Genetics of Acquired Cytokine Storm Syndromes

  • Grant S. Schulert
  • Kejian ZhangEmail author


Secondary hemophagocytic lymphohistiocytosis (sHLH) has historically been defined as a cytokine storm syndrome (CSS) occurring in the setting of triggers leading to strong immunological activation, without any known genetic predilection. However, recent studies have suggested that existing underlying genetic factors may synergize with particular diseases and/or environmental triggers (including infection, autoimmune/autoinflammatory disorder, or malignant transformation), leading to sHLH. With the recent advances in genetic testing technology, more patients are examined for genetic variations in primary HLH (pHLH) associated genes, including through whole-exome and whole-genome sequencing. This expanding genetic and genomic evidence has revealed HLH as a more complex phenomenon, resulting from specific immune challenges in patients with a susceptible genetic background. Rather than a simple, binary definition of pHLH and sHLH, HLH represents a spectrum of diseases, from a severe complication of common infections (EBV, influenza) to early onset familial diseases that can only be cured by transplantation.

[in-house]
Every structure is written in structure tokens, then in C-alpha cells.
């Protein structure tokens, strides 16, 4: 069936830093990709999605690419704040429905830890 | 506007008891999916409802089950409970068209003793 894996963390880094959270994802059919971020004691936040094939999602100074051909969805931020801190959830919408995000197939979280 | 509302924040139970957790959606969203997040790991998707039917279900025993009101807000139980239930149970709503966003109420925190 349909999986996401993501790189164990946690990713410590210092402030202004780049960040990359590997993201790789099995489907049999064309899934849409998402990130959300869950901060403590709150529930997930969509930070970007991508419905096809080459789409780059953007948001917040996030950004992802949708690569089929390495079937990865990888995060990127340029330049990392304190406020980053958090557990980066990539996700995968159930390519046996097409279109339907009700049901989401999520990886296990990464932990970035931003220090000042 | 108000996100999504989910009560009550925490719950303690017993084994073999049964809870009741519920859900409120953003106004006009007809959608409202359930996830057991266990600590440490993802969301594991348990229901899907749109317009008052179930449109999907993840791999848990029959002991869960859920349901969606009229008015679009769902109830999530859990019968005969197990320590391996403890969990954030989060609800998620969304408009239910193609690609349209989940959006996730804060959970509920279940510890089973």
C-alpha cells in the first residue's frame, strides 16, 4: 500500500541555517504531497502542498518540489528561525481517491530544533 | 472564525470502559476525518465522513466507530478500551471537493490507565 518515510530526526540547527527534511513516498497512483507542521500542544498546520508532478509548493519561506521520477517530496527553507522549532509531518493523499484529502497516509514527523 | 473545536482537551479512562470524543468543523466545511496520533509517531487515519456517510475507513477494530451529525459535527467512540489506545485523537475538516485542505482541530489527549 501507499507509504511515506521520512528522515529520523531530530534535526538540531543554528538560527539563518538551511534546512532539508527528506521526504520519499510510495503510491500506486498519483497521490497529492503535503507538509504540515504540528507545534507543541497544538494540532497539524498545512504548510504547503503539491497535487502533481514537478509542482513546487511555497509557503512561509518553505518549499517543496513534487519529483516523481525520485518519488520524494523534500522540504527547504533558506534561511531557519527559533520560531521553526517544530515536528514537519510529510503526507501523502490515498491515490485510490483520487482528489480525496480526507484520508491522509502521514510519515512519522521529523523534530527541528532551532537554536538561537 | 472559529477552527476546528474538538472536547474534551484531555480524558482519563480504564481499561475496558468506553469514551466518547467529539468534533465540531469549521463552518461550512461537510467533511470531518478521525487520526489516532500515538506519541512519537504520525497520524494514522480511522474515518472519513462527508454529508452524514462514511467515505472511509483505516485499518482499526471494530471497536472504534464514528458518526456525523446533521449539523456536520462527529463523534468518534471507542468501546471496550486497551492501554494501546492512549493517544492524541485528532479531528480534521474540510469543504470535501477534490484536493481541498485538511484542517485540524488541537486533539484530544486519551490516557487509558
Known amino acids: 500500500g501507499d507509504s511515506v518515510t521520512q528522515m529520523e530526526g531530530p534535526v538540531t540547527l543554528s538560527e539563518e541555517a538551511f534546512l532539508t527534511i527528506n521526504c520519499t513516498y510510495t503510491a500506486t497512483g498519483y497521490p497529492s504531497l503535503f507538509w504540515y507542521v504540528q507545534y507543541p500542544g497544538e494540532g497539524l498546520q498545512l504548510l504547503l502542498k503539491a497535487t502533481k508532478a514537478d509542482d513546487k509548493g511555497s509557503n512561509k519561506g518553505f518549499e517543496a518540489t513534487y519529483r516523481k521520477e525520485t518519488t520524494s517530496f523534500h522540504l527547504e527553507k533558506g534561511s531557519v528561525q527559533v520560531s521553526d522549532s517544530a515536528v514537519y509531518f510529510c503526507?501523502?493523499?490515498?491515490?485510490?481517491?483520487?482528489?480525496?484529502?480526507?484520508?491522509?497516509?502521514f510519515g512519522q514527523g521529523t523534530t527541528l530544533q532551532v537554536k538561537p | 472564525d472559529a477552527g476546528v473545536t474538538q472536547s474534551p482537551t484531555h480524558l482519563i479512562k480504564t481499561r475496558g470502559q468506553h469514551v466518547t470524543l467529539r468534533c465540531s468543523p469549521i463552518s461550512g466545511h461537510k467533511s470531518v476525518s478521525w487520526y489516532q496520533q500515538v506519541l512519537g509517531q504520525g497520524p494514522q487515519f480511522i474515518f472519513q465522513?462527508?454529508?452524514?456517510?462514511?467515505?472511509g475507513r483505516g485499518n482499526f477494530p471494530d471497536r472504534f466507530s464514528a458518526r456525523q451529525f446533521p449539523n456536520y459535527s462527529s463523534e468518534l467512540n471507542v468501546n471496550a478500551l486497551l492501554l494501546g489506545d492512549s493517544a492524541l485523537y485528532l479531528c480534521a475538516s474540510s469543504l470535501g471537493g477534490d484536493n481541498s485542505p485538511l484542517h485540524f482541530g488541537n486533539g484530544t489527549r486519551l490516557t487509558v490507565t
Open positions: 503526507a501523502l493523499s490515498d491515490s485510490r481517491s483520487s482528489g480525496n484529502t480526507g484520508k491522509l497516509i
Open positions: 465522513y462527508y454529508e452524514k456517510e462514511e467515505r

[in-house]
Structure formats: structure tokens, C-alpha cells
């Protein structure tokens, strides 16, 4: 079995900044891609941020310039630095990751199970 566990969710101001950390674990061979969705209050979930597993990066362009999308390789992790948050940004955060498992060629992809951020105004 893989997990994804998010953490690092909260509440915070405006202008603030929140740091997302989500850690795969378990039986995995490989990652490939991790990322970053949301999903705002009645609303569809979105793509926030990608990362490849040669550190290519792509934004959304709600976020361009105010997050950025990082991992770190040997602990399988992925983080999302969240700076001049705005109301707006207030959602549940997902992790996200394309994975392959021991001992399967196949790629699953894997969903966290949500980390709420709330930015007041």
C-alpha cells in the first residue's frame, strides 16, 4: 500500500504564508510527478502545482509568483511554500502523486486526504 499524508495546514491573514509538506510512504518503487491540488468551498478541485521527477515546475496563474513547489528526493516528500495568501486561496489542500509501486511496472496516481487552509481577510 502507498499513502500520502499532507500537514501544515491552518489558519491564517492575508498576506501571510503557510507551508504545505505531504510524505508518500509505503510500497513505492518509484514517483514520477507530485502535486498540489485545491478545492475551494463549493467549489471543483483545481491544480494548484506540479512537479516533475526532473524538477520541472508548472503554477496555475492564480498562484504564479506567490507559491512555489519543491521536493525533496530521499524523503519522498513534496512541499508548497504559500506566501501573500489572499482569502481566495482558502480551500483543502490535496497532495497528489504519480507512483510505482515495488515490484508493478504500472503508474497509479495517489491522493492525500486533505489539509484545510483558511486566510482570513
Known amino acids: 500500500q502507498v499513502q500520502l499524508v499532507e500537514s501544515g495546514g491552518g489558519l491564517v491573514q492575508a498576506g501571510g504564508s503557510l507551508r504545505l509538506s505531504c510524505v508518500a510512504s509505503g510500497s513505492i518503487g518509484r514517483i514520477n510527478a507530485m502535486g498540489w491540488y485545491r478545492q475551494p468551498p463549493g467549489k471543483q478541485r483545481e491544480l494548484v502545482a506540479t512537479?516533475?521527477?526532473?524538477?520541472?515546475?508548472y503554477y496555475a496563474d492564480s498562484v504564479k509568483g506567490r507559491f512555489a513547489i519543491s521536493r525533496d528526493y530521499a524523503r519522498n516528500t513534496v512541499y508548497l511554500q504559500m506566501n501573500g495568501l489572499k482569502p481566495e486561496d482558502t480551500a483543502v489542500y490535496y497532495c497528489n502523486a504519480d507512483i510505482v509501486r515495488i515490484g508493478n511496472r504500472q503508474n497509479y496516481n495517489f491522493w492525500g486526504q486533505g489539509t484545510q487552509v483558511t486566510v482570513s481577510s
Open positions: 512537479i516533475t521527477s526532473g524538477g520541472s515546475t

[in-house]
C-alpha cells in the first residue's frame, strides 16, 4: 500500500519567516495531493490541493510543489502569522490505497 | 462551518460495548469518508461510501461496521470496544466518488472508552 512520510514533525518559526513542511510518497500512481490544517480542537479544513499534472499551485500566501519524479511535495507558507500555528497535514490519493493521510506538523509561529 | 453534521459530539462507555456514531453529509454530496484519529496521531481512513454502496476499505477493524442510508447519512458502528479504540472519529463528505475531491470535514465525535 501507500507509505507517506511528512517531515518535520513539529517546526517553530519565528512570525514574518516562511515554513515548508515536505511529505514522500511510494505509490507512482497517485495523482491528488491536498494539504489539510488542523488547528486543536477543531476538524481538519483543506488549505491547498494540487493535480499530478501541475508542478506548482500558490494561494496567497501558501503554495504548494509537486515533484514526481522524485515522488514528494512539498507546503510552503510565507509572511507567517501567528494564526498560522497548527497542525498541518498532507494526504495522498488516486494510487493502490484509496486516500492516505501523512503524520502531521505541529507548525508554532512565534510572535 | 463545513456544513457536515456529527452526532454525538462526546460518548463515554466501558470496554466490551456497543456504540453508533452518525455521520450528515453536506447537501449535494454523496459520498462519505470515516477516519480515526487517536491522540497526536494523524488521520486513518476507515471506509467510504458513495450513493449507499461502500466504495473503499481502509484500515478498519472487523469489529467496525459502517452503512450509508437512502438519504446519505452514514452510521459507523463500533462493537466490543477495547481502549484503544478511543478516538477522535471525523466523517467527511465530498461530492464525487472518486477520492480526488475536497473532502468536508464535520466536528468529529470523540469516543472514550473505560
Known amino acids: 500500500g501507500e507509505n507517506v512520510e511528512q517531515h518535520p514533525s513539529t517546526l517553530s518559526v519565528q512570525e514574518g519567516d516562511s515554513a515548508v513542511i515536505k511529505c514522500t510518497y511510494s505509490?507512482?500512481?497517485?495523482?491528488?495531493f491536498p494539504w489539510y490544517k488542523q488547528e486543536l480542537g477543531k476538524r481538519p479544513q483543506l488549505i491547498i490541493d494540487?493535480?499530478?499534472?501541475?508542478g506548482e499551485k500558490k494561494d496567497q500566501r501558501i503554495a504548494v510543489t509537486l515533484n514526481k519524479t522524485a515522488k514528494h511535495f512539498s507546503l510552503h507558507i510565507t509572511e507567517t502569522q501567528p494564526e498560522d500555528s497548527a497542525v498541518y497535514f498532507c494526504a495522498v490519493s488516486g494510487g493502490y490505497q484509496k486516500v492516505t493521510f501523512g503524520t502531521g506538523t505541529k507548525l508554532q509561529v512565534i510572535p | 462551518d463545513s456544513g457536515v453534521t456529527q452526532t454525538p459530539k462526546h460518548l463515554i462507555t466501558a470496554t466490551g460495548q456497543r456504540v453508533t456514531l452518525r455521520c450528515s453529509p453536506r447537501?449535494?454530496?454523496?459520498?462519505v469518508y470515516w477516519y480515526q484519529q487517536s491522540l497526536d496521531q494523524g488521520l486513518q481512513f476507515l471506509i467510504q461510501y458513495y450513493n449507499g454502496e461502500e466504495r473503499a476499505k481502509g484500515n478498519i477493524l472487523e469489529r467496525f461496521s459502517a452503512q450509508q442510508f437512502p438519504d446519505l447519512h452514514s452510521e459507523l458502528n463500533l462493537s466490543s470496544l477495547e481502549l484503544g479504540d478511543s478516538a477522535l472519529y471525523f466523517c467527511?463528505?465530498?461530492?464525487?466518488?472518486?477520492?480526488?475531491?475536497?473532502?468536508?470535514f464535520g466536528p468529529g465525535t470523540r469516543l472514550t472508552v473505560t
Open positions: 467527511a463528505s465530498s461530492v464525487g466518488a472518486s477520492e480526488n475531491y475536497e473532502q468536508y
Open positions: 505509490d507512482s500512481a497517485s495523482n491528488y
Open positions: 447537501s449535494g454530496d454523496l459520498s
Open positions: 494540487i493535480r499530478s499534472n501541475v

Secondary pHLH sHLH EBV Infections Malignancies Rheumatic diseases MAS Inflammatory Autoimmune and autoinflammatory 


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© Springer Nature Switzerland AG 2019

Authors and Affiliations

  1. 1.Division of RheumatologyUniversity of Cincinnati, College of MedicineCincinnatiUSA
  2. 2.Division of Human Genetics, Children’s Hospital Medical CenterUniversity of Cincinnati, College of MedicineCincinnatiUSA

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